The inside of Helen Medina's home is a portrait of warmth: pictures of her children and grandchildren line the walls, cabinets and TV stand. Little red Christmas bells and a cross hang in the kitchen.
But the usual serenity of her house was shattered Wednesday afternoon, when police opened fire on a black SUV driven by shooters
The blinds in her one-story home shook. Petrified, she threw herself on the hallway floor and hid from the gunfire.
"I didn't dare look outside," Medina, 87, said. "I thought I was going to die."
The 12 bullet holes in her roof are daily reminders of the violence.
On Sunday night, she sat on the couch with her daughter and grandson to hear President Obama's response to Wednesday's massacre.
As the president spoke of not allowing people on no-fly lists to get guns, Medina nodded.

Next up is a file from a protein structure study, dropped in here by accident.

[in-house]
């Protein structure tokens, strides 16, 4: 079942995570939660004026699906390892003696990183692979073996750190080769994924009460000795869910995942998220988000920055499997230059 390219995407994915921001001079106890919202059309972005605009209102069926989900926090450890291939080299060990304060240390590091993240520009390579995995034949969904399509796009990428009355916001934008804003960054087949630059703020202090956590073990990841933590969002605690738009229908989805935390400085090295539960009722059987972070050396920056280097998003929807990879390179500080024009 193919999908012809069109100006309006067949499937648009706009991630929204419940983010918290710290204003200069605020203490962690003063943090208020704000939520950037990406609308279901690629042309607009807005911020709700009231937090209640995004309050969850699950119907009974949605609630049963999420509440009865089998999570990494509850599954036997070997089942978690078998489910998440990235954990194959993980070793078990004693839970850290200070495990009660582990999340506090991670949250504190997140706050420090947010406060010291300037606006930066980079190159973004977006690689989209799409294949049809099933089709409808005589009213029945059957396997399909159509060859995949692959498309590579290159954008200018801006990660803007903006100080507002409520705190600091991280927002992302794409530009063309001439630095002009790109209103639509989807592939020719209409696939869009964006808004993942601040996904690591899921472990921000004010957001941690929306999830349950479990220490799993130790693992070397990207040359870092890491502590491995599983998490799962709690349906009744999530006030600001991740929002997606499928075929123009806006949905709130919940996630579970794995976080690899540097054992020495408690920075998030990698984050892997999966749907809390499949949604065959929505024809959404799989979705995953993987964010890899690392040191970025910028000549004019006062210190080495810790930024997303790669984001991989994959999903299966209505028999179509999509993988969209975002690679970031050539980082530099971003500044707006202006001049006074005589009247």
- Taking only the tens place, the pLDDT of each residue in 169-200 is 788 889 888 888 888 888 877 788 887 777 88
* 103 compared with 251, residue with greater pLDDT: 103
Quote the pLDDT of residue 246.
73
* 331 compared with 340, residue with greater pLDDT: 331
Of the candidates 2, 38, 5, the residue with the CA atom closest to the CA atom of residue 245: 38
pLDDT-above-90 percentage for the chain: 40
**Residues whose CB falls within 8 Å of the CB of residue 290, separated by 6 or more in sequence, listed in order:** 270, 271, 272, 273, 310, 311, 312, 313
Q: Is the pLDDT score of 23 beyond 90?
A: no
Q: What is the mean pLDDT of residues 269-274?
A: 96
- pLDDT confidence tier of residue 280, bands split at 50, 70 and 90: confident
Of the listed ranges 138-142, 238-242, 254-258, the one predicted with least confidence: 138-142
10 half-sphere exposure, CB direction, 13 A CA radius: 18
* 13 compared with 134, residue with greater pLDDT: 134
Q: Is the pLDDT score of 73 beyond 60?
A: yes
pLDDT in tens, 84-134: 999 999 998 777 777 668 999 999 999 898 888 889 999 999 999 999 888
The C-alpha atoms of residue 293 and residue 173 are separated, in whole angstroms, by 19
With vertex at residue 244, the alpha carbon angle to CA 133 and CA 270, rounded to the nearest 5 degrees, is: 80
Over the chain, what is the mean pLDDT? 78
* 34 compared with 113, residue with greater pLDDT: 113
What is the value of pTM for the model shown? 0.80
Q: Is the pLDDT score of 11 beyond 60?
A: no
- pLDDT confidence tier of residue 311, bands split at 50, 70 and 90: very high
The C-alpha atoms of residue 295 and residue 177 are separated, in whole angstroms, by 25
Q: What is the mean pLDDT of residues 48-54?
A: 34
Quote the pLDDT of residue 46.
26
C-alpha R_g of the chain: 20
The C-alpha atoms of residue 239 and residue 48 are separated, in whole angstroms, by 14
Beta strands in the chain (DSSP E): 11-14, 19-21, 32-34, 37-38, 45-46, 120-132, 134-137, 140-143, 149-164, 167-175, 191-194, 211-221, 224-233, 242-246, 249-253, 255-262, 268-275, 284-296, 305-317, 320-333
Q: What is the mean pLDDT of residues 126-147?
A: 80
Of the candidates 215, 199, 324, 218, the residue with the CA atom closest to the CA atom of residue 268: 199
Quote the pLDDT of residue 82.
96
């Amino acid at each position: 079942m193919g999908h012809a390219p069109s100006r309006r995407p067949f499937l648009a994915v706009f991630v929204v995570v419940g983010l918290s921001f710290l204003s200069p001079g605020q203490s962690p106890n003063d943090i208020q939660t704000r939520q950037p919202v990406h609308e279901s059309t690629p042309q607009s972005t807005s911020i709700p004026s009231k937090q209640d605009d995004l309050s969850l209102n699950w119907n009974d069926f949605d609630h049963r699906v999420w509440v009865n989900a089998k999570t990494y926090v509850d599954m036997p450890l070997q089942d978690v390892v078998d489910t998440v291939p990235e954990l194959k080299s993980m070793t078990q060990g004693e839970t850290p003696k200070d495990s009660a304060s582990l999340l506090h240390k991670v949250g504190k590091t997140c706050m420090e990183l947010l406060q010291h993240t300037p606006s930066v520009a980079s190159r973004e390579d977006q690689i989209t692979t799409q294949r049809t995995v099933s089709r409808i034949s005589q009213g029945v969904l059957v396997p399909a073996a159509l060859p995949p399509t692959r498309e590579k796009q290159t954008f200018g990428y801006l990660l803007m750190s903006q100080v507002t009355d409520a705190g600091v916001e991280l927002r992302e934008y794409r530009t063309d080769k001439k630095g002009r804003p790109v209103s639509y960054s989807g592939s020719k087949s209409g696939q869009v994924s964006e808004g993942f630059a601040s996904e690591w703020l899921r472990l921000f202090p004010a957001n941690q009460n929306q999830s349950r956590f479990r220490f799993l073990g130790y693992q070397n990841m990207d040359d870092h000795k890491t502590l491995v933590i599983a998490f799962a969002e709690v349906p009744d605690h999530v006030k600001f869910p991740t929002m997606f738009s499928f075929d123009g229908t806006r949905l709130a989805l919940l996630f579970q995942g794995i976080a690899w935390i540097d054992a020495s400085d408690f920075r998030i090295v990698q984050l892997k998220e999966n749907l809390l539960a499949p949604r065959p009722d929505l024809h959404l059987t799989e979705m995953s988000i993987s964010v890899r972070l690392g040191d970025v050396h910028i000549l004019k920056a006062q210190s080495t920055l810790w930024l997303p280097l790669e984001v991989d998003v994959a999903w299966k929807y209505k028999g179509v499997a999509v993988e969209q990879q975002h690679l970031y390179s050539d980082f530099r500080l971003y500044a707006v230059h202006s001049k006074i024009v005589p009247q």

"That's what we were talking about!" her grandson, Jonathan Tovar, said.
"Exactly," replied his mother, Barbara Tovar. "That's something that clearly needs to be done."
When Obama spoke of not putting anymore troops on the ground to fight the
"We can't forget that this isn't us against Muslims," the younger Tovar, 20, said. "We don't want to abandon our fellow man--we can't forget that."
Obama told the nation in his speech that "the threat from terrorism is real, but we will overcome it."
Obama insisted his administration is making progress in its efforts to confront terrorism and defeat Islamic State, a group he called "thugs and killers, a cult of death."
Obama said the attack in San Bernardino on Wednesday by a young couple with no known terrorist links highlighted the challenge of battling an extremist group that uses the Internet to lure people down "the dark path of radicalization."
He said his administration was using "every aspect of American power" to fight the extremist group in Iraq and Syria, and has stepped up efforts to identify and track potential sympathizers in the U.S.